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November/December 2012

As boards' primary work, policy should matter
by Brian Zumpf

Brian Zumpf is an IASB policy consultant and works out of the Association’s Lombard office.

Question: Our district is interested in a Policy Manual Customization to develop a new, up-to-date local school board policy manual. Why should board members be involved in developing this manual? Isn’t that what we hire IASB for? Why can’t IASB just work with our staff?

Answer: The Illinois School Code gives school boards the power “[t]o adopt and enforce all necessary rules for the management and government of the public schools of their district.” [Section 10-20.5] It also provides that “[t]he school board shall direct, through policy, the superintendent in his or her charge of the administration of the school district … .” [Section 10-16.7]

The policy manual is where the board sets out its governance directives for the district. Those directives are then reviewed by administrators who create written administrative procedures in order for the district to “live” the board’s policy. At all times the board adopts policies, while the administration develops procedures to implement those policies.

A board’s involvement in the policy development process specifically, and with board policy generally, is beneficial to both the board and the district. Not only are a board’s interactions with policy opportunities for board members to learn about the district, but they also offer a board the chance to include ends (mission, vision, and goals) in the district’s foundational document.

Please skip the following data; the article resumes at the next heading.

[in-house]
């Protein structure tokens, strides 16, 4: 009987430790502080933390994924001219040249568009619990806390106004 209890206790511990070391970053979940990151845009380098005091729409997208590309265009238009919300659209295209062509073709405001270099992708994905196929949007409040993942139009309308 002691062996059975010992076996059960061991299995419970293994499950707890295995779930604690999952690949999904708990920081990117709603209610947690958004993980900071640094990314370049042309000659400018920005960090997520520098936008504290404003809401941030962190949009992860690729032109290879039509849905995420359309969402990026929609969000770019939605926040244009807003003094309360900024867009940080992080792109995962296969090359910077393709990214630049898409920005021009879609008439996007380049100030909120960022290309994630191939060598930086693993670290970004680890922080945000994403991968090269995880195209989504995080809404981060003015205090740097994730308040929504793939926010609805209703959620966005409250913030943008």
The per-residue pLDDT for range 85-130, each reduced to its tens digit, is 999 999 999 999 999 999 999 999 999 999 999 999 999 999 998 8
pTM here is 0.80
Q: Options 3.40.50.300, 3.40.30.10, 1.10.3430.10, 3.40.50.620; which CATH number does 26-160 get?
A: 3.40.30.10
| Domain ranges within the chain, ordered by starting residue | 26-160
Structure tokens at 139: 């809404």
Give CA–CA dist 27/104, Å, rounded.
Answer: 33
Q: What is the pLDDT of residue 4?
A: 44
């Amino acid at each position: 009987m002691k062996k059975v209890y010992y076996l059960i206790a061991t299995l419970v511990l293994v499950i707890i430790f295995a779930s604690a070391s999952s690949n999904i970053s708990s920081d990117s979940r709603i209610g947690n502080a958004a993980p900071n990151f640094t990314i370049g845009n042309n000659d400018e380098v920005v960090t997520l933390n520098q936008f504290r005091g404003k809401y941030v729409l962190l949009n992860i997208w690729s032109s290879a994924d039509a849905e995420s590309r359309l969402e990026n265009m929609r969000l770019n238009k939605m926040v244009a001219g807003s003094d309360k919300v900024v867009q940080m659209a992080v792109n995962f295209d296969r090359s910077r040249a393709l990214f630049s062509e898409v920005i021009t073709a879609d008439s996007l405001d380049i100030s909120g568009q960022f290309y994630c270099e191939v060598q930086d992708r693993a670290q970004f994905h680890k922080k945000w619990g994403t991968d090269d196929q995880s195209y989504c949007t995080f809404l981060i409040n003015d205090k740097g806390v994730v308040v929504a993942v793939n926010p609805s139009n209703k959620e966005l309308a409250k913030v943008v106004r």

The policy manual is a powerful tool for the board to convey to the district’s staff and community its expectations for the district, and its promises with regard to those expectations. A board that limits its involvement in the policy development or updating process to the final review and adoption of policies has given up a large part of its authority and responsibility to people who were not elected.

Superintendents and other administrators are instrumental in providing guidance to the board, including apprising the members about current district practices and how new policy directives will impact those practices. But ultimately, board policy is the voice of the board, which should reflect the intent of the board, because it was worked on by the board.

IASB policy consultants work with a board during and after the policy manual development process to aid boards in understanding policy requirements, intent and operation. Members of IASB’s Office of General Counsel (responsible for drafting the sample policy content) are available to provide legal information and legal resources.

The board attorney should be consulted when the board seeks legal advice concerning policy content and application.

Once the customization is complete, IASB has tools such as PRESS and PRESS-Plus to help boards in their policy maintenance work.

No matter what stage a board is at in its policy work, it is never alone. All of these people — from IASB policy consultants and members of the office of general counsel to district administrative personnel and the school district attorney — support the board in what is unquestionably the work of the board: the board policy manual.

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